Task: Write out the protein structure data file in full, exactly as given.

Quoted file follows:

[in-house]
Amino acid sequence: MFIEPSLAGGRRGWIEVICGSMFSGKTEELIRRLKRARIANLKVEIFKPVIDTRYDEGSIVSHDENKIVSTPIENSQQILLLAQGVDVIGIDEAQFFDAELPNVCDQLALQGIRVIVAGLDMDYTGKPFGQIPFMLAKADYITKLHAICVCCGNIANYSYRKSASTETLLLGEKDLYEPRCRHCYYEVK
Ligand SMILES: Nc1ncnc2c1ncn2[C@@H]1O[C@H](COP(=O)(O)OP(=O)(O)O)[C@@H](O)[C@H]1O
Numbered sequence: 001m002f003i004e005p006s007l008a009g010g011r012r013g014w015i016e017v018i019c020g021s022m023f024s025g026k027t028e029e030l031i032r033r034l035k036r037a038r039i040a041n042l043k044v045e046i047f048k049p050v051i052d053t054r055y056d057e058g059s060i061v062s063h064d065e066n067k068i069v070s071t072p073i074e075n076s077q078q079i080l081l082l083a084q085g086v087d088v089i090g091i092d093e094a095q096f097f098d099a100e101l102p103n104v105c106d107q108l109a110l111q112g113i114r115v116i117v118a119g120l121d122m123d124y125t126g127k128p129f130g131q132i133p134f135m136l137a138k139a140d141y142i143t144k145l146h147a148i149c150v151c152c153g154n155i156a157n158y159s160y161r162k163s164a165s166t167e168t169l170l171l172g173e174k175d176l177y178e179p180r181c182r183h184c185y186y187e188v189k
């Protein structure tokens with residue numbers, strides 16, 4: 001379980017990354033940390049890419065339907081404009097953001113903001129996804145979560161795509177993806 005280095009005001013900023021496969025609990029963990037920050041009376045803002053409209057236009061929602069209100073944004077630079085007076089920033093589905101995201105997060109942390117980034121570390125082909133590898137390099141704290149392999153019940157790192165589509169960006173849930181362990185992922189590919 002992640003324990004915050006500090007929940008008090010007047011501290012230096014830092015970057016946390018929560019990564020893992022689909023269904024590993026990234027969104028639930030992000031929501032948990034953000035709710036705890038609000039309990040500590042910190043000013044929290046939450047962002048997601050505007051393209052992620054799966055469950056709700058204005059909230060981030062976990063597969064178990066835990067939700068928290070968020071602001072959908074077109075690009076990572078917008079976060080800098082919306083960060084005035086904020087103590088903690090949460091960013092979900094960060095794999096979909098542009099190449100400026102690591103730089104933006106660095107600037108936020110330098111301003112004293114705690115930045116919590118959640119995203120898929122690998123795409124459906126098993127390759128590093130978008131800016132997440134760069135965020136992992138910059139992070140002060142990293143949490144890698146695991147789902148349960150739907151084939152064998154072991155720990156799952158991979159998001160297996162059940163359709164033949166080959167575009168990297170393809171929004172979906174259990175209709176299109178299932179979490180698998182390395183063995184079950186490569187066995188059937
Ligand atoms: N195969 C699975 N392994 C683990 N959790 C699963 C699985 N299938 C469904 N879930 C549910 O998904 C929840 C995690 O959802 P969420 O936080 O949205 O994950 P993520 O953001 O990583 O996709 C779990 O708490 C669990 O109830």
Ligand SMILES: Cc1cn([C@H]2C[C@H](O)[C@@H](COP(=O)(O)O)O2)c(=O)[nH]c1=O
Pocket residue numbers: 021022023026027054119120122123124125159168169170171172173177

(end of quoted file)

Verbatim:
[in-house]
Amino acid sequence: MFIEPSLAGGRRGWIEVICGSMFSGKTEELIRRLKRARIANLKVEIFKPVIDTRYDEGSIVSHDENKIVSTPIENSQQILLLAQGVDVIGIDEAQFFDAELPNVCDQLALQGIRVIVAGLDMDYTGKPFGQIPFMLAKADYITKLHAICVCCGNIANYSYRKSASTETLLLGEKDLYEPRCRHCYYEVK
Ligand SMILES: Nc1ncnc2c1ncn2[C@@H]1O[C@H](COP(=O)(O)OP(=O)(O)O)[C@@H](O)[C@H]1O
Numbered sequence: 001m002f003i004e005p006s007l008a009g010g011r012r013g014w015i016e017v018i019c020g021s022m023f024s025g026k027t028e029e030l031i032r033r034l035k036r037a038r039i040a041n042l043k044v045e046i047f048k049p050v051i052d053t054r055y056d057e058g059s060i061v062s063h064d065e066n067k068i069v070s071t072p073i074e075n076s077q078q079i080l081l082l083a084q085g086v087d088v089i090g091i092d093e094a095q096f097f098d099a100e101l102p103n104v105c106d107q108l109a110l111q112g113i114r115v116i117v118a119g120l121d122m123d124y125t126g127k128p129f130g131q132i133p134f135m136l137a138k139a140d141y142i143t144k145l146h147a148i149c150v151c152c153g154n155i156a157n158y159s160y161r162k163s164a165s166t167e168t169l170l171l172g173e174k175d176l177y178e179p180r181c182r183h184c185y186y187e188v189k
């Protein structure tokens with residue numbers, strides 16, 4: 001379980017990354033940390049890419065339907081404009097953001113903001129996804145979560161795509177993806 005280095009005001013900023021496969025609990029963990037920050041009376045803002053409209057236009061929602069209100073944004077630079085007076089920033093589905101995201105997060109942390117980034121570390125082909133590898137390099141704290149392999153019940157790192165589509169960006173849930181362990185992922189590919 002992640003324990004915050006500090007929940008008090010007047011501290012230096014830092015970057016946390018929560019990564020893992022689909023269904024590993026990234027969104028639930030992000031929501032948990034953000035709710036705890038609000039309990040500590042910190043000013044929290046939450047962002048997601050505007051393209052992620054799966055469950056709700058204005059909230060981030062976990063597969064178990066835990067939700068928290070968020071602001072959908074077109075690009076990572078917008079976060080800098082919306083960060084005035086904020087103590088903690090949460091960013092979900094960060095794999096979909098542009099190449100400026102690591103730089104933006106660095107600037108936020110330098111301003112004293114705690115930045116919590118959640119995203120898929122690998123795409124459906126098993127390759128590093130978008131800016132997440134760069135965020136992992138910059139992070140002060142990293143949490144890698146695991147789902148349960150739907151084939152064998154072991155720990156799952158991979159998001160297996162059940163359709164033949166080959167575009168990297170393809171929004172979906174259990175209709176299109178299932179979490180698998182390395183063995184079950186490569187066995188059937
Ligand atoms: N195969 C699975 N392994 C683990 N959790 C699963 C699985 N299938 C469904 N879930 C549910 O998904 C929840 C995690 O959802 P969420 O936080 O949205 O994950 P993520 O953001 O990583 O996709 C779990 O708490 C669990 O109830």
Ligand SMILES: Cc1cn([C@H]2C[C@H](O)[C@@H](COP(=O)(O)O)O2)c(=O)[nH]c1=O
Pocket residue numbers: 021022023026027054119120122123124125159168169170171172173177